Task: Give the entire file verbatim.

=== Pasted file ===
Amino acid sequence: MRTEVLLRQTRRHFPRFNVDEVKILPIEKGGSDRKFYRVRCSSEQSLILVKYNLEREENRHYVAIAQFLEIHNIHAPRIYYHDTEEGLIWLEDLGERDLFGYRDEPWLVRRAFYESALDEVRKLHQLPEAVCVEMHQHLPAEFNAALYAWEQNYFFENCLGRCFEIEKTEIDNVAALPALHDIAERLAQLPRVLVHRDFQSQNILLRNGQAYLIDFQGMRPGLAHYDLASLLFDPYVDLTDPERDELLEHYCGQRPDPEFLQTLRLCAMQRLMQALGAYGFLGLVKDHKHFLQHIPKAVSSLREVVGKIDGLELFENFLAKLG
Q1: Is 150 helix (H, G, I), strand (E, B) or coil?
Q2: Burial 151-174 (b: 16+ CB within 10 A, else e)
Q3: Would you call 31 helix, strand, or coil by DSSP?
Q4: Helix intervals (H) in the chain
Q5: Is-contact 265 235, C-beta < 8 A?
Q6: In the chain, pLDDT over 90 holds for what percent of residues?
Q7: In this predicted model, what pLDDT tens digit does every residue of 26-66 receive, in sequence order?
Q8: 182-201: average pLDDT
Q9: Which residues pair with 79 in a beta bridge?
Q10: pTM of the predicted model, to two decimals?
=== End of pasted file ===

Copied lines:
Amino acid sequence: MRTEVLLRQTRRHFPRFNVDEVKILPIEKGGSDRKFYRVRCSSEQSLILVKYNLEREENRHYVAIAQFLEIHNIHAPRIYYHDTEEGLIWLEDLGERDLFGYRDEPWLVRRAFYESALDEVRKLHQLPEAVCVEMHQHLPAEFNAALYAWEQNYFFENCLGRCFEIEKTEIDNVAALPALHDIAERLAQLPRVLVHRDFQSQNILLRNGQAYLIDFQGMRPGLAHYDLASLLFDPYVDLTDPERDELLEHYCGQRPDPEFLQTLRLCAMQRLMQALGAYGFLGLVKDHKHFLQHIPKAVSSLREVVGKIDGLELFENFLAKLG
Q1: Is 150 helix (H, G, I), strand (E, B) or coil?
Q2: Burial 151-174 (b: 16+ CB within 10 A, else e)
Q3: Would you call 31 helix, strand, or coil by DSSP?
Q4: Helix intervals (H) in the chain
Q5: Is-contact 265 235, C-beta < 8 A?
Q6: In the chain, pLDDT over 90 holds for what percent of residues?
Q7: In this predicted model, what pLDDT tens digit does every residue of 26-66 receive, in sequence order?
Q8: 182-201: average pLDDT
Q9: Which residues pair with 79 in a beta bridge?
Q10: pTM of the predicted model, to two decimals?